University of Cambridge > > Engineering - Mechanics and Materials Seminar Series > Microstructure for continuous and localised intrinsic curvature creation – “strong” micromechanics

Microstructure for continuous and localised intrinsic curvature creation – “strong” micromechanics

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Nematic elastomers and glasses hugely and reversibly contract/elongate parallel/perpendicular to their directors under heating or illumination. With uniform directors and as slender sheets, they can pull with huge load-to-weight ratios, but cannot push because of Euler instabilities. For complex tasks at small scales, the material must be the machine itself . We show how to design continuous, non-uniform director fields enable flat sheets to develop intrinsic curvature , , that is mostly continuously distributed, and thereby adopt complex shapes. Likewise, piecewise-continuous fields give Gaussian curvature localised at points , much as origami folding of paper does. But in this case the “origami” is instead non-isometric . The blocking of emerging non-developable surfaces causes stretch away from the new metric and the response can be strong pulling, but also strong pushing without Euler failures. New micromechanical possibilities arise.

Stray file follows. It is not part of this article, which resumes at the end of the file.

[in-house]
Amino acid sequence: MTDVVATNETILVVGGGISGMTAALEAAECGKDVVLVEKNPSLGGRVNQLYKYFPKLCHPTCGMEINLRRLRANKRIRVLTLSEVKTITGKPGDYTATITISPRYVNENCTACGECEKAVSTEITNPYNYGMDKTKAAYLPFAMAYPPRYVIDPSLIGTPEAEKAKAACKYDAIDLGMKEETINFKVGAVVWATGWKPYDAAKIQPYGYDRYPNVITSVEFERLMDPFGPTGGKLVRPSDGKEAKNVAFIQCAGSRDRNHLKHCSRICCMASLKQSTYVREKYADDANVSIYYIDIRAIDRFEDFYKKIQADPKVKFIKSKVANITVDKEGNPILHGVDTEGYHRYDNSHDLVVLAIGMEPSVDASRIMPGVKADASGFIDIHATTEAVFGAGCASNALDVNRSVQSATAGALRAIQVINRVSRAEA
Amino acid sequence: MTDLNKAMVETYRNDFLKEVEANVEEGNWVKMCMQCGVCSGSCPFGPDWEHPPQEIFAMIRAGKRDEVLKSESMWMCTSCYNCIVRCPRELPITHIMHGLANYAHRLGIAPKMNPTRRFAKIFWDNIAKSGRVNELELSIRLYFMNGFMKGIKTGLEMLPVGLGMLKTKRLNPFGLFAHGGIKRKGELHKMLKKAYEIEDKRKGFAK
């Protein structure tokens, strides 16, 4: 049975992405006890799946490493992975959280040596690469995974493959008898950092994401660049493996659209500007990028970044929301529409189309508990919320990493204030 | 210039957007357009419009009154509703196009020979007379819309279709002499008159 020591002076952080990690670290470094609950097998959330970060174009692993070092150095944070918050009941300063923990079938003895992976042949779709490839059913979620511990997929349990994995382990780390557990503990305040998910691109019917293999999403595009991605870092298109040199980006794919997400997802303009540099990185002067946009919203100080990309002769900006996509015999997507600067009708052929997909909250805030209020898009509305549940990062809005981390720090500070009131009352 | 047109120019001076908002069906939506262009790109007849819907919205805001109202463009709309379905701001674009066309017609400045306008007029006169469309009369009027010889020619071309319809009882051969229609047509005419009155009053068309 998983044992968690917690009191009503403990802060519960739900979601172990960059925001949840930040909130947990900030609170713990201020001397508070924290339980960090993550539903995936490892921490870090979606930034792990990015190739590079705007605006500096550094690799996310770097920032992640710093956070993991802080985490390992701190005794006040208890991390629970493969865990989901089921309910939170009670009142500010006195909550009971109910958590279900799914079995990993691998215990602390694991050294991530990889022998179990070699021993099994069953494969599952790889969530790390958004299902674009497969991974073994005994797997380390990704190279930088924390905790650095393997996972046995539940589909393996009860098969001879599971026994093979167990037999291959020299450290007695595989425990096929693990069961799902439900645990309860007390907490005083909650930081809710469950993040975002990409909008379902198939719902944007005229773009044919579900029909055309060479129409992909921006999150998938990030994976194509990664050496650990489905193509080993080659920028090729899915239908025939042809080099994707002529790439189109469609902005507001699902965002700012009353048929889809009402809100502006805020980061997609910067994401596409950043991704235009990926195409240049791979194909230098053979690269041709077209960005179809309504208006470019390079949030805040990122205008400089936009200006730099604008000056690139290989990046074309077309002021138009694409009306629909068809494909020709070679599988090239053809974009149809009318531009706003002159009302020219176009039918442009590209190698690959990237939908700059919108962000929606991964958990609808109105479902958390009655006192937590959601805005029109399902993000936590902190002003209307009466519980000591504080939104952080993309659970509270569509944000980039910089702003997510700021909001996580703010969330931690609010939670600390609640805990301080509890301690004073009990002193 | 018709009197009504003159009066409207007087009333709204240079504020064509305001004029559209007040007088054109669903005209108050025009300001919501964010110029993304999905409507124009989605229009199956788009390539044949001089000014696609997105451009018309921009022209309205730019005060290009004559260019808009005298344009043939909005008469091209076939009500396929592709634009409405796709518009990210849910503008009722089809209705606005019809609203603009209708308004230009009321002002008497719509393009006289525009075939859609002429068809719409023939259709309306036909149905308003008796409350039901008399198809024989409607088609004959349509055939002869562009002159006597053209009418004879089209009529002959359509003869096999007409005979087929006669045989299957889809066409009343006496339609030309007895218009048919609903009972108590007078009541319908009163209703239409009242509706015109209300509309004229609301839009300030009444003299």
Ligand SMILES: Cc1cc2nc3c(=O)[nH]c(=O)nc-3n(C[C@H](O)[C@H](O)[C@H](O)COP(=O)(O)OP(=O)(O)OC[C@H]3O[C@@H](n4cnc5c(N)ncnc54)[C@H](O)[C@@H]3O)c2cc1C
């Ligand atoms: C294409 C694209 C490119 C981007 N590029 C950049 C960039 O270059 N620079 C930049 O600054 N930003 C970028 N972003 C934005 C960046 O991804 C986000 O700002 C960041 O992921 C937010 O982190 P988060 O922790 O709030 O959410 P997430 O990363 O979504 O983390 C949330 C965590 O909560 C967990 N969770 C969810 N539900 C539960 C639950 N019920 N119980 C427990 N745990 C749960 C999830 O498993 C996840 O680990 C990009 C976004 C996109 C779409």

This talk is part of the Engineering - Mechanics and Materials Seminar Series series.

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